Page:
David Conaway’s article, “Takata: The Unfortunate Recall”, was featured in the  Association of Corporate Counsel Charlotte Chapter’s December 7, 2017 Newsletter. In the article, David discusses Takata’s airbag recall and the economic ramifications for its stakeholders, in connection with Takata’s Chapter 11 filing cross-border insolvency proceedings. Continue reading


Bankruptcy Law Update: Preferences and Selected Bankruptcy Issues

Preference Claims:

Elements:  A preference is a transfer of property of a bankruptcy debtor that (1) was to or for the benefit of a creditor; (2) was on account of an antecedent debt; (3) was made while the debtor was insolvent; (4) was made within 90 days of the filing of the bankruptcy petition; and (5) allowed the creditor to receive more than the creditor would receive if the payment had not been made but the creditor receives what it would receive in a liquidation of the debtor.  These elements are almost always (but not absolutely always) met, but there are several defenses available:  subsequent new value, ordinary course of business (either between the parties or in the industry), contemporaneous exchange for new value, and others.

Important consideration!:  The most important rule to remember is to never, ever pay a preference demand without first performing a detailed analysis of the defenses.  The application of each defense is highly technical, and the interplay of the defenses is complicated.  This analysis needs to be done by bankruptcy counsel.  Bankruptcy debtors or trustees, when making demand for payment of a preference, frequently offer a discount of around 20% to settle.  Never accept this offer.  These claims can often be resolved for no payment or for a payment under 10% of the demand amount, but the analysis and outcome of each situation is highly fact specific.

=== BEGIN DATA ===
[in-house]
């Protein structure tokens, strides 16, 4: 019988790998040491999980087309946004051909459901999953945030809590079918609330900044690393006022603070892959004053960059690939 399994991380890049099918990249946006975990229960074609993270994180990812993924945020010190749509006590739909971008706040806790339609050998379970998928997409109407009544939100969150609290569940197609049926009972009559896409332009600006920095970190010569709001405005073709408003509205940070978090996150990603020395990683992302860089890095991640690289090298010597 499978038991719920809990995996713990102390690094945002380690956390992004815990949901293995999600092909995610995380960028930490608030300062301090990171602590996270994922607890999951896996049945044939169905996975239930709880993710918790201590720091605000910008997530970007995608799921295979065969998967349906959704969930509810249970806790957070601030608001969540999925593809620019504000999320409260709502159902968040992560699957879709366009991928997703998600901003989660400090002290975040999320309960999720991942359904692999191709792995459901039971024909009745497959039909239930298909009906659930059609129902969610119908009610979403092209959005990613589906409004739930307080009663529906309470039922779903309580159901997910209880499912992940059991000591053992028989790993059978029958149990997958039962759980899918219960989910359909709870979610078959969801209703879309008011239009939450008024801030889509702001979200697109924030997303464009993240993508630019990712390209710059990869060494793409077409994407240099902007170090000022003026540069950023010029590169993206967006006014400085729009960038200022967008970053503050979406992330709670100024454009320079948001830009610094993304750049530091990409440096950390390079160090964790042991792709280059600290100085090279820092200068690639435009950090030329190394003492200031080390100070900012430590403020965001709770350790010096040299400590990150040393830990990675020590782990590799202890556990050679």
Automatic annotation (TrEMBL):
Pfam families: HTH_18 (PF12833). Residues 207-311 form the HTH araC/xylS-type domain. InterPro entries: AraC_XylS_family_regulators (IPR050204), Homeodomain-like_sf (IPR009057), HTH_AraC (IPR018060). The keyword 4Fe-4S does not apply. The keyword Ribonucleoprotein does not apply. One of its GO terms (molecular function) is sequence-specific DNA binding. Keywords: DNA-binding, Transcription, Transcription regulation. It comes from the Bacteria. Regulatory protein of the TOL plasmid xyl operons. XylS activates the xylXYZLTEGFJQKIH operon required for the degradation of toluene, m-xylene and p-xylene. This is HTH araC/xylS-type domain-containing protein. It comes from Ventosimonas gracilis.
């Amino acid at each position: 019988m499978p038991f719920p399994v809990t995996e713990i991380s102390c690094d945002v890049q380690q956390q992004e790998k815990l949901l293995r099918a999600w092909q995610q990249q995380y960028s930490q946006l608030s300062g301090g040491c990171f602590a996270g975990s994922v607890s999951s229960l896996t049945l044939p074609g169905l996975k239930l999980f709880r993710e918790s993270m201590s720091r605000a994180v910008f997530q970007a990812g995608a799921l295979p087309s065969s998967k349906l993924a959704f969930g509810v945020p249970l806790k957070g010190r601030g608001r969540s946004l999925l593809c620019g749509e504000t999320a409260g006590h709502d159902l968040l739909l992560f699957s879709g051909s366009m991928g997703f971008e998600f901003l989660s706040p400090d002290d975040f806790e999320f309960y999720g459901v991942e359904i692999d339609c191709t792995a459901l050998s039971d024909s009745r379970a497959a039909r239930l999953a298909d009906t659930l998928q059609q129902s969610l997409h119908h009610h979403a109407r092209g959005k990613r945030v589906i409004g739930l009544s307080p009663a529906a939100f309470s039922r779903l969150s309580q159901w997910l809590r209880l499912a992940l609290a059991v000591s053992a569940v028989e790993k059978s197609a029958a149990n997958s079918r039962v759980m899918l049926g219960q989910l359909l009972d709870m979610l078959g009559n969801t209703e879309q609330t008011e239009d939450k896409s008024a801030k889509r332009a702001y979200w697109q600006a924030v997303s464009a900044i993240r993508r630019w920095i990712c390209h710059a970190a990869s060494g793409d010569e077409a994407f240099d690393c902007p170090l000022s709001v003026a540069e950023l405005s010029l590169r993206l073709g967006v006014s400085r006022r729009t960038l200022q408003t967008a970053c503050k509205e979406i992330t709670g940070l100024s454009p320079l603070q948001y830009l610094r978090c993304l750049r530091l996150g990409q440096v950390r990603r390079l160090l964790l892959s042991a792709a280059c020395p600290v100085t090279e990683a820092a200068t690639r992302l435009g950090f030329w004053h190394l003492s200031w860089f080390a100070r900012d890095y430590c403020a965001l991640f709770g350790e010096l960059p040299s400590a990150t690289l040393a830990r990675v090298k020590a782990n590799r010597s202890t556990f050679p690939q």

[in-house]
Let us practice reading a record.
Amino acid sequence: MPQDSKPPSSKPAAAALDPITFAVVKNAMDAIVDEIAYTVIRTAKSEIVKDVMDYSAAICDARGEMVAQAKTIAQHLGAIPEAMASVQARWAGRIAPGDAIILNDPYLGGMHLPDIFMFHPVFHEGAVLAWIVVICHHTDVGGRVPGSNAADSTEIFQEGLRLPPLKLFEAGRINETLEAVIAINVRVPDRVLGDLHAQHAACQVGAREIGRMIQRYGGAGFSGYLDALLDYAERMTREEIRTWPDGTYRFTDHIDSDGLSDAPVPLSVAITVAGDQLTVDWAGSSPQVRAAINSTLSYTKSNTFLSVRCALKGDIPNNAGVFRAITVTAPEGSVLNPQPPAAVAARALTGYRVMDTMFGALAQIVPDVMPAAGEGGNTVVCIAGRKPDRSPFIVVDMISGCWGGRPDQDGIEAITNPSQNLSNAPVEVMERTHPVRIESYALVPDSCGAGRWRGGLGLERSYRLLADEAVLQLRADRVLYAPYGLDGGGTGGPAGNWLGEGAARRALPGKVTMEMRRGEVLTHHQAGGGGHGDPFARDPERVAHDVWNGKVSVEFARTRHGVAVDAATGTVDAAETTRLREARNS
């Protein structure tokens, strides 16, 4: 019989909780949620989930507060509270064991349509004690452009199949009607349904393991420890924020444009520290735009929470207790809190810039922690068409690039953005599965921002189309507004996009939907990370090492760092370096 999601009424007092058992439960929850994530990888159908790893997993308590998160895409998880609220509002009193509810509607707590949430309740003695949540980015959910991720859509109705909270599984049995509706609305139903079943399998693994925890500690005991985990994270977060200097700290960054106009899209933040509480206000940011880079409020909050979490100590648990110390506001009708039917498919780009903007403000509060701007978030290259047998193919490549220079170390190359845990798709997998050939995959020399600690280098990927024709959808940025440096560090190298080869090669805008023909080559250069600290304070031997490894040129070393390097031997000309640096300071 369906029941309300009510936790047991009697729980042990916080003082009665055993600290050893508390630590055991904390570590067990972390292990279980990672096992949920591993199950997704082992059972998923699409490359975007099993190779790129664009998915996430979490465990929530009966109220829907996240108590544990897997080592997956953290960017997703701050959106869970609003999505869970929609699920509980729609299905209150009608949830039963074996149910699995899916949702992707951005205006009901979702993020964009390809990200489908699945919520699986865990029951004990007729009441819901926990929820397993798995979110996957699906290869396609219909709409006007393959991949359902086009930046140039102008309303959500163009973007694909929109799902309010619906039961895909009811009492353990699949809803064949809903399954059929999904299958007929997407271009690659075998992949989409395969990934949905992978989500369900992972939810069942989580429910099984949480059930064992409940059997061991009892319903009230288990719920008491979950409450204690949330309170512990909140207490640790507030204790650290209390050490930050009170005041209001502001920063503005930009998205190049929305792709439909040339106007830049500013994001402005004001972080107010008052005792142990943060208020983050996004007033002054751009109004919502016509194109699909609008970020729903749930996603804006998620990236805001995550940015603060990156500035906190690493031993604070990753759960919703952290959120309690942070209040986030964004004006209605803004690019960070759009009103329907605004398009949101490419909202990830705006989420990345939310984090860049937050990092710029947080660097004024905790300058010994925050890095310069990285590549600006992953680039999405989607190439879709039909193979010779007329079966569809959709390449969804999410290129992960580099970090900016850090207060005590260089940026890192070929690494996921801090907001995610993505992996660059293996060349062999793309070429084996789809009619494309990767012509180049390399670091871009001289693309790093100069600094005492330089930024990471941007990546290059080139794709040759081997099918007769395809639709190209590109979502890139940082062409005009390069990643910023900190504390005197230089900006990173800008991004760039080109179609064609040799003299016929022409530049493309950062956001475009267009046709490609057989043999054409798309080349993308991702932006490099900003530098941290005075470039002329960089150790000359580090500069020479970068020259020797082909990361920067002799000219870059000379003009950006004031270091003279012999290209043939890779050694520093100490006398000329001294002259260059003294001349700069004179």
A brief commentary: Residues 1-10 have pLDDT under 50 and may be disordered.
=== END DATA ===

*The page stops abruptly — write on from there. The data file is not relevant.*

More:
Timing of the lawsuit:  A lawsuit to recover a preference claim can be brought as late as two years after the bankruptcy filing, and even possibly as late as three years if a trustee is appointed within the two years.

Retention of documents:  Upon learning of a customer’s bankruptcy, immediately move to protect the documents needed to present the preference defenses:  invoices, remittance advices, bills of lading, proofs of delivery, correspondence, and emails for one to two years before the bankruptcy filing.  Failure to preserve electronic communications and other evidence could cause the court to make an adverse presumption regarding their contents, which might hamper or preclude the ordinary course of business or other defenses.

Timing of payments:  For purposes of determining whether a payment is a preference, a transfer in the form of a check is made when the check is paid by the customer’s bank, not when the check is received.  Thus, a check may be received by a creditor outside the 90-day period but be paid by the debtor’s bank within the 90-day period, and would thus be potentially recoverable as a preference.  However, for the purpose of applying the various defenses to the preference claim, the relevant date is when the creditor received the payment.

Defenses:  If a payment meets the five criteria set out above for determining whether it is a preference, then the creditor looks to see if one of several defenses will allow the creditor to avoid liability for the preference: Continue reading